•  — Edited

    Victim-less crime ...

    Unhappy with much of the current TV and Netflix offerings, I have been searching my Roku device for some long-forgotten, “clean-ish” shows to watch when I want to be entertained. One that I am re-watching now is the 1980’s show, Hill Street Blues, the BEST Police drama ever (don’t even attempt to argue this point!). I loved it for so many reasons, but Sergeant Phil Esterhaus’ tag line at the end of every roll call, “Let’s be careful out there,” made a lasting impression on me. But I digress …


    I also discovered Hill Street Blues has been airing on an obscure channel and so I’ve seen some episodes out of sequence. This one caught my attention. Lt. Howard Hunter (he was sergeant at one time, played my James Sikking) had previously been portrayed as a straight, no-nonsense, by-the-book, clean-living guy. But during a prostitution round-up, he took a fancy to one of the ladies who was arrested. He visited her in the lock-up, and, trying to endear himself to her said, “I’ve always thought what you did should not be prosecuted. It is a victim-less crime …”


    A victim-less crime … hold that thought for a moment.


    While I was pondering what to write for this blog, I wrote down some ideas to research along the lines of what Jesus taught in Matthew 5:17-48. One of my ideas was about a quote from then presidential candidate Jimmy Carter, 1976 (this was the next election following Nixon’s impeachment-resignation-embarrassment-fiasco). While giving an interview to a vulgar magazine (something I think he should have NEVER granted, and one I refuse to name because I don’t want to give it any publicity – just trust me - but I digress again), he said had he had "looked on a lot of women with lust" and had "committed adultery in my heart many times." Clearly, he was referencing Jesus’ teaching from Matthew 5:27-28 but the press and entertainment world had a field day! They mocked and teased … this was obviously a good topic for my blog post. I did some digging and I found a 1996 LA Times, “Ten years later” article from one of the OG interviewers trying to set the record straight about Carter’s comments. None of that is relevant to me or this post, but then the author said this, “Sad, because the lies of Johnson and Nixon resulted in the deaths of millions in Vietnam, while Carter's vicarious adultery hurt no one.” (emphasis mine)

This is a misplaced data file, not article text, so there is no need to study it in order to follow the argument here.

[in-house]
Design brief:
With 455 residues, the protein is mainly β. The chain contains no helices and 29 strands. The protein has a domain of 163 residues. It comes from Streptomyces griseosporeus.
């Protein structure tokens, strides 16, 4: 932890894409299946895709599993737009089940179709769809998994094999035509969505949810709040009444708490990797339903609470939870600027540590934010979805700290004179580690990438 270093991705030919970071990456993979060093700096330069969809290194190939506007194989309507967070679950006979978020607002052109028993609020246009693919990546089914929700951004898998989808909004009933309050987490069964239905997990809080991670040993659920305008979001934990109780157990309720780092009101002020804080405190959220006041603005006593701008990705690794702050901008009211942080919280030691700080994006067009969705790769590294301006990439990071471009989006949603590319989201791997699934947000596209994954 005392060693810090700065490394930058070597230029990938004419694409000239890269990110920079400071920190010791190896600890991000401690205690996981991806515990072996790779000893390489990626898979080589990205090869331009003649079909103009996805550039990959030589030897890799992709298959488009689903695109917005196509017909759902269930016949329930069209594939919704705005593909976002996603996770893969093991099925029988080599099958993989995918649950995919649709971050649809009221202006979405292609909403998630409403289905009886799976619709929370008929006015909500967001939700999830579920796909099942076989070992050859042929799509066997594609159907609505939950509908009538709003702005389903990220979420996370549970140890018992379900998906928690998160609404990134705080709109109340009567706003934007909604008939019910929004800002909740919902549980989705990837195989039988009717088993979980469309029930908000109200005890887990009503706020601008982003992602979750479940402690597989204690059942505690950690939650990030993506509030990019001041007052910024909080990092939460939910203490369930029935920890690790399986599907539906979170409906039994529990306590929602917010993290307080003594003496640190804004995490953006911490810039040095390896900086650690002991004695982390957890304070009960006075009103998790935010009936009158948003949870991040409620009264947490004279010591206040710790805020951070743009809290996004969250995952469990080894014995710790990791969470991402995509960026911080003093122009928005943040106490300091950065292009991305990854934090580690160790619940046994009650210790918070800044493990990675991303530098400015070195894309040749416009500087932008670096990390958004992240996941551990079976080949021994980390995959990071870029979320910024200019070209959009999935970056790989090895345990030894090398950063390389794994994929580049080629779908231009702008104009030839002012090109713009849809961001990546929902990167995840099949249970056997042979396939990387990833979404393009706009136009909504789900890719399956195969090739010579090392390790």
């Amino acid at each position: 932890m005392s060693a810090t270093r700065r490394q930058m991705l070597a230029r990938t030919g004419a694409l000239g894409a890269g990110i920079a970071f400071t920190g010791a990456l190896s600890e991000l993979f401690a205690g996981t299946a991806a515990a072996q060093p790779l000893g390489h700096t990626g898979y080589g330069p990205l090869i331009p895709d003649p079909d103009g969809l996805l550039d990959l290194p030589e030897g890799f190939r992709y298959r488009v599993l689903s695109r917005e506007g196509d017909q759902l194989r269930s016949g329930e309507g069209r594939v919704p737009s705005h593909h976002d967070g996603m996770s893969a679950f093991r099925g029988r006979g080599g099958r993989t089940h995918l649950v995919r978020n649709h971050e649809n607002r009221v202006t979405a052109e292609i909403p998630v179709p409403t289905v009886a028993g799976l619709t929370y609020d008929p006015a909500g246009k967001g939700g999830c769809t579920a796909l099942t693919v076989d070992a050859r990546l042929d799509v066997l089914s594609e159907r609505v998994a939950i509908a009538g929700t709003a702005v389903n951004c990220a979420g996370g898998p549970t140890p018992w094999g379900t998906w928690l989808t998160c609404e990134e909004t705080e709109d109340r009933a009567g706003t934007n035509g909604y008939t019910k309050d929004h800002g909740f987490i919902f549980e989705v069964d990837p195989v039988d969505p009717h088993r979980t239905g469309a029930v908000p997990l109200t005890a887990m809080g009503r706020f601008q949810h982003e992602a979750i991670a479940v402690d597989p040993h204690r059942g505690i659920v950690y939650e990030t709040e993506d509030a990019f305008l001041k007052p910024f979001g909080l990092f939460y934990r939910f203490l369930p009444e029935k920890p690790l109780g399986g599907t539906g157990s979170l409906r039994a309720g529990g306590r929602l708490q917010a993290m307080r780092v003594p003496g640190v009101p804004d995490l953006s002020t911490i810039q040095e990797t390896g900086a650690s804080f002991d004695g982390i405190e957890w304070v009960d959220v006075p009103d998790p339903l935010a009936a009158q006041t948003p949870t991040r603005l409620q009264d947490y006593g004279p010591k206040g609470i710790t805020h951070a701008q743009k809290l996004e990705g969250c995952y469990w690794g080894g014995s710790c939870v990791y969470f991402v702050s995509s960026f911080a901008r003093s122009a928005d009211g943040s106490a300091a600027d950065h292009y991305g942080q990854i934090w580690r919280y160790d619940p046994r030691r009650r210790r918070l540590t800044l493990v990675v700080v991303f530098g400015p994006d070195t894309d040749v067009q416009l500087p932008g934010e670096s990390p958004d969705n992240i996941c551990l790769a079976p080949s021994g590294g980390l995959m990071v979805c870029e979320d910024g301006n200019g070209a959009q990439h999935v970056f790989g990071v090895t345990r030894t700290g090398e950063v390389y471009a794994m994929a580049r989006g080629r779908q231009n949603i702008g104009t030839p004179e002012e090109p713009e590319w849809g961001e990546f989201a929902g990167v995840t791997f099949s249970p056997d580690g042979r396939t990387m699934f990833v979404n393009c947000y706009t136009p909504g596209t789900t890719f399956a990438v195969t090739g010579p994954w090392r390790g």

There it was again … a victim-less crime/sin, that “hurt no one.”


    To be sure, when we merely think something, (robbing a bank, killing someone, etc.) it IS “less-than” actually taking the action and doing it. And I don’t think Jesus was saying, “Well, if you’ve ever been angry with someone, you might as well go ahead and murder them, because it’s just as bad” (Matthew 5:21-26). But Jesus IS saying that having those thoughts in our hearts is not OK.


    “But who is hurt by it?”


    Do you know the number of wrecked marriages and wrecked lives brought about by pornography? (1) I’m talking about men (usually) who “just” look at it? Do you know what it does to their brain? How they view women? How they view their wives? The loss of intimacy it brings? (2) A victim-less crime?


    Not all murder is pre-meditated, but a lot of it is. Before there is a rash action, there has usually been some kind of thought going on for days, weeks, even lifetimes in the case of prejudices, unresolved anger issues ready to boil over … thoughts that had safe harbor in the mind and heart come out in violent, irreversible ways. Hating someone, just thinking about it, what’s the harm in that?